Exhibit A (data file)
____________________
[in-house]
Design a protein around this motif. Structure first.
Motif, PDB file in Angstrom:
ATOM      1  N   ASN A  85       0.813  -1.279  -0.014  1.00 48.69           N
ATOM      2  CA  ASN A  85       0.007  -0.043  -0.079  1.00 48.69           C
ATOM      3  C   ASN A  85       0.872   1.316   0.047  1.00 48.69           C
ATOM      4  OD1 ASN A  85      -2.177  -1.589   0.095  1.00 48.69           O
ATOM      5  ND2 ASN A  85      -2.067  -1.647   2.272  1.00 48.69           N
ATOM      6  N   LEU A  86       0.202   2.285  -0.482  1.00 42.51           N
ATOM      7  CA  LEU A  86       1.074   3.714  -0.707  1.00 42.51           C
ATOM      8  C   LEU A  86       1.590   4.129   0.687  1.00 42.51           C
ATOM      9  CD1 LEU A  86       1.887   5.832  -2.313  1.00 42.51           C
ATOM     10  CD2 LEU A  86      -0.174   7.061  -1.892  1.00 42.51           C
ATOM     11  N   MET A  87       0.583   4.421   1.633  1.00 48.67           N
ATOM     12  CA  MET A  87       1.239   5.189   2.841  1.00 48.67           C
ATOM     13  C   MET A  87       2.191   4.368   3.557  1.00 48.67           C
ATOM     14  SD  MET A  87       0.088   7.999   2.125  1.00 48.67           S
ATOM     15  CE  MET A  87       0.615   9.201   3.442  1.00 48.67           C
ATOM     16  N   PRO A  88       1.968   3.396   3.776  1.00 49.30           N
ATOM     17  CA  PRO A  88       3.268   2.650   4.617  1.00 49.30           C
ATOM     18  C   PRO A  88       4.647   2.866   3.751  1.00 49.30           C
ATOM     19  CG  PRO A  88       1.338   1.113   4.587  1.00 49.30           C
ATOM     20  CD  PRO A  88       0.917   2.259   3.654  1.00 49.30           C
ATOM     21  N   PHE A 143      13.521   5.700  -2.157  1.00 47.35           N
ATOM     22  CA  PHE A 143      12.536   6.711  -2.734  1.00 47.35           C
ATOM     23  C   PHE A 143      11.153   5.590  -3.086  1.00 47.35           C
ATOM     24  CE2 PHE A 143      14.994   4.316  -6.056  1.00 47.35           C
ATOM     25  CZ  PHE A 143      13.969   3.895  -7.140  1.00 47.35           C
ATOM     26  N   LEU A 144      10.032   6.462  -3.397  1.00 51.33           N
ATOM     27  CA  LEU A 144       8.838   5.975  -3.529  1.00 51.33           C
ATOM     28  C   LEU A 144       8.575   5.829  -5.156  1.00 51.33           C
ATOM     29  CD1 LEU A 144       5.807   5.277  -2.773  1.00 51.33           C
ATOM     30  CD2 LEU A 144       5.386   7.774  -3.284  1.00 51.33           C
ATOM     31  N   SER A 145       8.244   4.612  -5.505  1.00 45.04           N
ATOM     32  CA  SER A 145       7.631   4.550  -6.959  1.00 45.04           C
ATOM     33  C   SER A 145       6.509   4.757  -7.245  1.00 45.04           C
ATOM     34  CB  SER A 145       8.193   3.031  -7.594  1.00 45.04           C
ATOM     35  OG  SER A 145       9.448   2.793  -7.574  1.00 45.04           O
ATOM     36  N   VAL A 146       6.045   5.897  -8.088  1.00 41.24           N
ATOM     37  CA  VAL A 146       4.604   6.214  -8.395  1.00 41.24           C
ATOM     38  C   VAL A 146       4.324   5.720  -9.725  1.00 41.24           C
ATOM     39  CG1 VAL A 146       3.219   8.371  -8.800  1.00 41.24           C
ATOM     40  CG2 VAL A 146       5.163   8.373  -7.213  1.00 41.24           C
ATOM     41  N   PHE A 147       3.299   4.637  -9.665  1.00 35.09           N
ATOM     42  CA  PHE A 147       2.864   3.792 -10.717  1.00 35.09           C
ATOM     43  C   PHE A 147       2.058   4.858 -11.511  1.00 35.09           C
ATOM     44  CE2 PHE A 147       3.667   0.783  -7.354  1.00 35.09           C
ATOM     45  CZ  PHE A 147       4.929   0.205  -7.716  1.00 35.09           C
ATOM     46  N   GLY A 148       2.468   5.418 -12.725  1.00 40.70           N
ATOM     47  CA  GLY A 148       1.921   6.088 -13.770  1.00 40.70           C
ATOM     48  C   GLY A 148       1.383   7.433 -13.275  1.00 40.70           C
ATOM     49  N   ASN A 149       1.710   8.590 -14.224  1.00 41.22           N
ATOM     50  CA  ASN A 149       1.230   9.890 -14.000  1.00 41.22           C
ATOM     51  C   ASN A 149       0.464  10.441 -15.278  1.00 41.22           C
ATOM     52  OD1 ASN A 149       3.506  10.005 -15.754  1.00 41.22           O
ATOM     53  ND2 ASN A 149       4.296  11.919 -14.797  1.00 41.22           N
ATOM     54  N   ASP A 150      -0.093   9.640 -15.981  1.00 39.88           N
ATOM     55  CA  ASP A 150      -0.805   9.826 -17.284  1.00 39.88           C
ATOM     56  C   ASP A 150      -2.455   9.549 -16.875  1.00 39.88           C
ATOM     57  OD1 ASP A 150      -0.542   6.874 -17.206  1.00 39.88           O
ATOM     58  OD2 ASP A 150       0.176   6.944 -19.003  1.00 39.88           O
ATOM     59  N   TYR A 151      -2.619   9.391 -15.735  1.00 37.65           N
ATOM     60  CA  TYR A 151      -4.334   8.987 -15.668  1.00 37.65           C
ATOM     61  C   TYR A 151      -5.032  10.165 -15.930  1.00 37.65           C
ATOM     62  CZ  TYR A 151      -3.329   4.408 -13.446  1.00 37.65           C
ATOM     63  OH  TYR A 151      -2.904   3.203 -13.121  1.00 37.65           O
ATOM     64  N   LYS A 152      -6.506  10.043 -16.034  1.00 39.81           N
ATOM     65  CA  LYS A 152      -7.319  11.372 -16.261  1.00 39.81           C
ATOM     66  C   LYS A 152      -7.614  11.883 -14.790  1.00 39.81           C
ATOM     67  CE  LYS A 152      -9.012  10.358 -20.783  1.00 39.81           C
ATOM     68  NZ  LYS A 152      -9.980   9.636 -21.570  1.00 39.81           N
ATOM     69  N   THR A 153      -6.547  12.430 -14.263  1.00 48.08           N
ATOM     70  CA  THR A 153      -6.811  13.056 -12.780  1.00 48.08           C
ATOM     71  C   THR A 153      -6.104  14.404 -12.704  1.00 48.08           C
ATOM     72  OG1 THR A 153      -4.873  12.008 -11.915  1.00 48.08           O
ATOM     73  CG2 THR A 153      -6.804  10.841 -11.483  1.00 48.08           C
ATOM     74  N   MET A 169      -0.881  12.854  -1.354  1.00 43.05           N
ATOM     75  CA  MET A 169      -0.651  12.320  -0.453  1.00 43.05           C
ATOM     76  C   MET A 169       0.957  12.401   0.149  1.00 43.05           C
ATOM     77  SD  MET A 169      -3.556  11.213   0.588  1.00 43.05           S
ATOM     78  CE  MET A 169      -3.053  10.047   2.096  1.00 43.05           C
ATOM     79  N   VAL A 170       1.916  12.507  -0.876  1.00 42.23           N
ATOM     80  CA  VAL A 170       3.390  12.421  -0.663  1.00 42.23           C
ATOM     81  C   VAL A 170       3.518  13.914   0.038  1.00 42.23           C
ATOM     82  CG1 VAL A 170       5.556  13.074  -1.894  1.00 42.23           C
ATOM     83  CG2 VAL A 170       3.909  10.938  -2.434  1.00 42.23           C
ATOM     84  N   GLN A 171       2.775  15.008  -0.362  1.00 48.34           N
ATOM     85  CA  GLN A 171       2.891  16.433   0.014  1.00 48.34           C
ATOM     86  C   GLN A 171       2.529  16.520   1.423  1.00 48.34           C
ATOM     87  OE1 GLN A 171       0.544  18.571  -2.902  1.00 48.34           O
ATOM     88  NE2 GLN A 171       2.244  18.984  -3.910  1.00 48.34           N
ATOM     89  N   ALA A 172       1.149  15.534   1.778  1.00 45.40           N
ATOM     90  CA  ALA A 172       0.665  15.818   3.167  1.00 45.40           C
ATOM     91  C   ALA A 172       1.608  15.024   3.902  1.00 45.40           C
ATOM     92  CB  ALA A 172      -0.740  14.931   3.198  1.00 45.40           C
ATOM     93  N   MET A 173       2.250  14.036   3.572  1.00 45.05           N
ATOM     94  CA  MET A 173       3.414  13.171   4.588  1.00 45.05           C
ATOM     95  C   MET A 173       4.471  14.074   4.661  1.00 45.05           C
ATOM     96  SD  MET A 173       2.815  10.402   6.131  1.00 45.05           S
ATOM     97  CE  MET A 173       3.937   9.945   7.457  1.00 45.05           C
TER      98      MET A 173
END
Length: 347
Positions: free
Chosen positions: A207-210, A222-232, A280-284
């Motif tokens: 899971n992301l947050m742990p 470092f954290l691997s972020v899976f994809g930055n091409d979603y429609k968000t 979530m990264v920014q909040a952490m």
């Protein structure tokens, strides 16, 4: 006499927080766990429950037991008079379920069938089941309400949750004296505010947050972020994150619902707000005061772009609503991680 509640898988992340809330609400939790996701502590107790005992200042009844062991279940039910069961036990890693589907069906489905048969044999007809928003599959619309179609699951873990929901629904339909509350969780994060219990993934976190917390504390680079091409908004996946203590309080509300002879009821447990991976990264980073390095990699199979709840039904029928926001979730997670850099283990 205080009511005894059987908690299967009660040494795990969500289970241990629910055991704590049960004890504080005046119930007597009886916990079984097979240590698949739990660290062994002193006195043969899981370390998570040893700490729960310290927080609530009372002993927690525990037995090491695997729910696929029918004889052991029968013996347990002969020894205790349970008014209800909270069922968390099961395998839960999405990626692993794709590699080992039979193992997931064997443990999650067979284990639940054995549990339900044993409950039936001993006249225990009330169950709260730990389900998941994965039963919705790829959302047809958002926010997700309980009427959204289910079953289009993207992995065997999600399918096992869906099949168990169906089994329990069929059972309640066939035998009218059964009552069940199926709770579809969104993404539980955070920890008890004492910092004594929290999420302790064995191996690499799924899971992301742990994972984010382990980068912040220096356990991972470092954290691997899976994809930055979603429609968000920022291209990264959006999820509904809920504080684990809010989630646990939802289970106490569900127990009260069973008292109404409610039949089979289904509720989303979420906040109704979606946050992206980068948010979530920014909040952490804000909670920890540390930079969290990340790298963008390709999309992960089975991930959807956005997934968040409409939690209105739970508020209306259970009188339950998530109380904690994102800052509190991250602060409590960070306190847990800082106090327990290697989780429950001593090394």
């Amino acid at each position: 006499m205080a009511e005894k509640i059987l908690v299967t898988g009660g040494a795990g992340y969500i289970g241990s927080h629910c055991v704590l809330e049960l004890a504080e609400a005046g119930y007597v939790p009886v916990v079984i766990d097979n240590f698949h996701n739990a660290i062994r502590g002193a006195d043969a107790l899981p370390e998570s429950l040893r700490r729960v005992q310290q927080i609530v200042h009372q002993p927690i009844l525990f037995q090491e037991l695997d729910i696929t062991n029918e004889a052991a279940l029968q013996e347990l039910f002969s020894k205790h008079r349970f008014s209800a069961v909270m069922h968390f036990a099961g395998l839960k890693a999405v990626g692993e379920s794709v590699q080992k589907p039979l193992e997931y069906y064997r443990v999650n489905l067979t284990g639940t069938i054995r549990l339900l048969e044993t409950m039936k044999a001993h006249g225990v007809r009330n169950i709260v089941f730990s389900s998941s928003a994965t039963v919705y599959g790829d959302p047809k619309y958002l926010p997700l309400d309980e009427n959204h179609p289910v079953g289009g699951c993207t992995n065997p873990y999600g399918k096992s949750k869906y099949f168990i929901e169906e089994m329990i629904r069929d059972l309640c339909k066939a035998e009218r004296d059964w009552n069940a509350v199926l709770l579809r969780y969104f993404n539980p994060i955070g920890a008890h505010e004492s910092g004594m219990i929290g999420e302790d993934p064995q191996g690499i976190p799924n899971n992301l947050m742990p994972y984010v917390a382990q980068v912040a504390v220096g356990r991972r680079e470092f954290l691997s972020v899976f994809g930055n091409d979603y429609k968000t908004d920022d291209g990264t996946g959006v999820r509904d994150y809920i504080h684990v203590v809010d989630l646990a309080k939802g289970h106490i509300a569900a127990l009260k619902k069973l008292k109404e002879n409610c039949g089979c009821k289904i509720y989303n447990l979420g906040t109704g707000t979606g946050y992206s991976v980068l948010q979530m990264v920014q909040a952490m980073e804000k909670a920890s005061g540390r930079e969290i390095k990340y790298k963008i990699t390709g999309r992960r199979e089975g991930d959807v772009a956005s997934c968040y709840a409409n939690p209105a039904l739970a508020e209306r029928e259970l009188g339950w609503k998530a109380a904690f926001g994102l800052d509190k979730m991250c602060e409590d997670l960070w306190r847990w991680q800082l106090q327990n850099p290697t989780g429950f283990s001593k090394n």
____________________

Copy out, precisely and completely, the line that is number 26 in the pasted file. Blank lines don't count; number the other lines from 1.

ATOM     23  C   PHE A 143      11.153   5.590  -3.086  1.00 47.35           C